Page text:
Remembering La Dolce Vita

Remembering La Dolce Vita

Based on the most common interpretation of the storyline, the film can be divided into a prologue, seven major episodes interrupted by an intermezzo, and an epilogue (see also Structure, below). If the evenings of each episode were joined with the morning of the respective preceding episode together as a day, they would form seven consecutive days, which may not necessarily be the case.

La Dolce Vita (Italian for “the sweet life” or “the good life) is a 1960 Italian comedy-drama film written and directed by Federico Fellini. The film follows Marcello Rubini, a journalist writing for gossip magazines, over seven days and nights on his journey through the “sweet life” of Rome in a fruitless search for love and happiness. La Dolce Vita won the Palme d’Or (Golden Palm) at the 1960 Cannes Film Festival and the Oscar for Best Costumes, and remains one of the most critically acclaimed films of all time.

Remembering La Dolce Vita

La Dolce Vita

Directed by: Federico Fellini
Starring: Marcello Mastroianni, Anita Ekberg, Anouk Aimée, Yvonne Furneaux, Magali Noël, Alain Cuny, Nadia Gray
Screenplay by: Federico Fellini, Ennio Flaiano, Tullio Pinelli, Brunello Rondi, Pier Paolo Pasolini
Cinematography by: Otello Martelli
Film Editing by: Leo Catozzo
Music by: Nino Rota
Running Time: 174 minutes, 180 minutes (US)
Studios: Cineriz (Italy), Pathé Consortium Cinéma (France)
Release Dates: February 5, 1960 (Italy), April 19, 1961 (United States)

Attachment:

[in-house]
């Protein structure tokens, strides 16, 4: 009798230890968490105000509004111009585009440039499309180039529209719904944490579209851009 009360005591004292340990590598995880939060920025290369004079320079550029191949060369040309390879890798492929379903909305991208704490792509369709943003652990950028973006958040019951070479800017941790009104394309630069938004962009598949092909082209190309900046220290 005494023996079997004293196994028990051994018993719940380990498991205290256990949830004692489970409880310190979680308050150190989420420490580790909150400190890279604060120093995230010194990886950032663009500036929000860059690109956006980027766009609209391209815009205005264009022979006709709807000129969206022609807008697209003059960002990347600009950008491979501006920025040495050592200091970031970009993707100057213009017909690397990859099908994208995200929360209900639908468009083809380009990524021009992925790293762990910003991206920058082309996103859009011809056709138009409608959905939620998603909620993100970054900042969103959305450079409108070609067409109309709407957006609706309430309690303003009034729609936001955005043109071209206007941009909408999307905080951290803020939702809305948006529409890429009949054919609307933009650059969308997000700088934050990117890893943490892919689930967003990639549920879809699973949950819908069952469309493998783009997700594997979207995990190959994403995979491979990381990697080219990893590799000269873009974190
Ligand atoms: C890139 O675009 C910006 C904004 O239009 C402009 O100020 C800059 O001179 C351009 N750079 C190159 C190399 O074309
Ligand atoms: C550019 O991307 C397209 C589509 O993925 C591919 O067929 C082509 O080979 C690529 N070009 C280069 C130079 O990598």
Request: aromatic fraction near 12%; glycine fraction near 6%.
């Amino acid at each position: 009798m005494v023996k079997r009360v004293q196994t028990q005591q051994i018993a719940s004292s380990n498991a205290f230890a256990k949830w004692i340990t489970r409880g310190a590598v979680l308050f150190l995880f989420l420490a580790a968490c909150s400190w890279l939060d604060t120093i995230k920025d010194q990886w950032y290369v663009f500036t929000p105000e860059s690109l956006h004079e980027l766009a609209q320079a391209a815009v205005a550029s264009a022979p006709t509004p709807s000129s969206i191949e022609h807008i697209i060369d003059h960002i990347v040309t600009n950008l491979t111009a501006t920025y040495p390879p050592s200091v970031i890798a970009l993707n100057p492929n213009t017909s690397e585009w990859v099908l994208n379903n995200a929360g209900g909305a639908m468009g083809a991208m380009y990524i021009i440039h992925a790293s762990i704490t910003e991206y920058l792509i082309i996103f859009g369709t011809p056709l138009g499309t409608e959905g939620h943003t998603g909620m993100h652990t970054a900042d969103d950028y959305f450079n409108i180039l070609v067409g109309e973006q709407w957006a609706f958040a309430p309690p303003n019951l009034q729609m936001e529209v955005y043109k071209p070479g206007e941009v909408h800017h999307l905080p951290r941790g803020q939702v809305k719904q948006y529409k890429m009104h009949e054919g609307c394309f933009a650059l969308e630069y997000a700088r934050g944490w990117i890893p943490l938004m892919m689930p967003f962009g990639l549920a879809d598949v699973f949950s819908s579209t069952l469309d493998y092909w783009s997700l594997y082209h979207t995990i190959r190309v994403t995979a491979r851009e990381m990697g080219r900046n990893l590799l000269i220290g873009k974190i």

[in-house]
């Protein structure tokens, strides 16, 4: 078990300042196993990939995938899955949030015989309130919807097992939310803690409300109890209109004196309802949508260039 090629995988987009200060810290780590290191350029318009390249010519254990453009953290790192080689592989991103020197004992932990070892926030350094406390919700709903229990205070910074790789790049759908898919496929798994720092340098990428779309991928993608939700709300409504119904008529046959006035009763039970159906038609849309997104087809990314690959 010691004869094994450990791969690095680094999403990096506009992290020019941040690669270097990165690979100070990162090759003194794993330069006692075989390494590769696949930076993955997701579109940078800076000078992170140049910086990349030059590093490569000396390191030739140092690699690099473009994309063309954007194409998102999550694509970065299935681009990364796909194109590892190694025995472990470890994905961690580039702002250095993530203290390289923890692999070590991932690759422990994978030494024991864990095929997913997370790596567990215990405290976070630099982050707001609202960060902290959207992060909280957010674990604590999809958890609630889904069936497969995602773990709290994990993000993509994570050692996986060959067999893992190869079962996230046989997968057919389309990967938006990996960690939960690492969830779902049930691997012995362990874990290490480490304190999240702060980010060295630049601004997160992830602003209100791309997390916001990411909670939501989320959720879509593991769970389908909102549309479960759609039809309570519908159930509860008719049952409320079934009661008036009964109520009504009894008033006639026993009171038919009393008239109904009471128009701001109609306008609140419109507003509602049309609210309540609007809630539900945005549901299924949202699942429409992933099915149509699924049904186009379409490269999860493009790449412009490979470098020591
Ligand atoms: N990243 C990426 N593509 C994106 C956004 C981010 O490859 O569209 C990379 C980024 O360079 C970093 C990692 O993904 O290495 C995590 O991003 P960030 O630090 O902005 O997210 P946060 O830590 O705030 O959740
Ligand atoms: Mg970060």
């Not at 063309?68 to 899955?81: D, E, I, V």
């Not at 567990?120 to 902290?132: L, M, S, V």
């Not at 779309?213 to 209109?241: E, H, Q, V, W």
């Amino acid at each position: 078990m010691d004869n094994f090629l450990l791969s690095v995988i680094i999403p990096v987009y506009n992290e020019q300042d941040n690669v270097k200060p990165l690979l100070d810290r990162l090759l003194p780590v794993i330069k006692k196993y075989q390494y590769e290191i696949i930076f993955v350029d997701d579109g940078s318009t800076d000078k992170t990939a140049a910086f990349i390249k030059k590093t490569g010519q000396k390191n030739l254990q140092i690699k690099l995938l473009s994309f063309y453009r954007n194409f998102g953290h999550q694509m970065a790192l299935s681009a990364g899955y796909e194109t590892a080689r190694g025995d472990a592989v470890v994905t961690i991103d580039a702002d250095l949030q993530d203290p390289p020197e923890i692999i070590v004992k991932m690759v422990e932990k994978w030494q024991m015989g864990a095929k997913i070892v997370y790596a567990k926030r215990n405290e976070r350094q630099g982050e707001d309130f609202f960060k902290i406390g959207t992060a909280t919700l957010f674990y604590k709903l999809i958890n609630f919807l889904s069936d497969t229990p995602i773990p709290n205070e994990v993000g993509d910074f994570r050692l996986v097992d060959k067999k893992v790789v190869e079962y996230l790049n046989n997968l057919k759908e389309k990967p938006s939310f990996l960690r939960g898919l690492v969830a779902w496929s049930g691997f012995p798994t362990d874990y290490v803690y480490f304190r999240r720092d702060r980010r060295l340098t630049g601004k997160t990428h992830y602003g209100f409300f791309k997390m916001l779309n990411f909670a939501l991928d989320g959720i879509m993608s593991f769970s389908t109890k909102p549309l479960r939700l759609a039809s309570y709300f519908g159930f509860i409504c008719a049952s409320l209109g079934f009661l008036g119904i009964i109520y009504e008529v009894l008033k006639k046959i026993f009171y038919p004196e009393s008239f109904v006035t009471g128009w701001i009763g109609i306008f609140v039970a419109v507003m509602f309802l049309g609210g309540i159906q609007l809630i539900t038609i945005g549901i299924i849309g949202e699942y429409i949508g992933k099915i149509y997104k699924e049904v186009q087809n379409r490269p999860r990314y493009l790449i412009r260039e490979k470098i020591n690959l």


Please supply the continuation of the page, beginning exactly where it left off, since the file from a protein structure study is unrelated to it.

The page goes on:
The Dreamers: A personal chord for both Bertolucci

The Dreamers: A personal chord for both Bertolucci

Left alone in Paris whilst their parents are on holiday, Isabelle (Eva Green) and her brother Theo (Louis Garrel) invite Matthew (Michael Pitt), a young American student, to stay at their apartment. Here they make their own rules as they experiment with their emotions and sexuality while playing a series of increasingly demanding mind games.

Set against the turbulent political backdrop of France in the spring of 1968 when the voice of youth was reverberating around Europe, “The Dreamers” is a story of self-discovery as the three students test each other to see just how far they will go.

The Dreamers was helmed by Bernardo Bertolucci, whose film The Last Emperor swept the 1987 Academy Awards garnering nine Oscars including Best Director and Best Picture. It marks his third film shot in Paris, following The Conformists and the Oscar-nominated Last Tango in Paris. The screenplay, adapted for the screen from his original novel, is by English author and film critic Gilbert Adair.

The Dreamers strikes a personal chord for both Bertolucci and Adair, for although their paths never crossed, they were both living in Paris at the end of the 60s, experiencing the events against which the film is set. Their love of cinema took them to the birthplace of the Nouvelle Vague (New Wave), immersing them in a strong international cinema culture. “There was something magic in the 60s,” Bertolucci recalls, “in that we were … well, let’s use the word ‘dreaming’. We were fusing cinema, politics, music, jazz, rock ‘n roll, sex, philosophy.”

The film stars Michael Pitt, recently seen in the award-winning Hedwig and the Angry Inch, and with Sandra Bullock in Murder by Numbers, Eva Green in her feature film debut, and Louis Garrel, who previously appeared in Yolande Zauberman’s La Guerre in Paris.

The Dreamers

Directed by: Bernardo Bertolucci
Starring: Michael Pitt, Louis Garrel, Eva Green, Jean-Pierre Kalfon, Jean-Pierre Leaud, Anna Chancellor, Robin Renucci, Valentin Merlet, Lola Peploe
Screenplay by: Gilbert Adair
Production Design by: Jean Rabasse
Cinematography by: Fabio Cianchetti
Film Editing by: Jacopo Quadri
Costume Design by: Louise Stjernsward
Art Direction by: Pierre Duboisberranger
MPAA Rating: R for strong sexual content and graphic nudity, language, drug use.
Studio: Fox Searchlight Pictures
Release Date: February 6, 2004

Raleted Link: Read Full Production Notes for The Dreamers Movie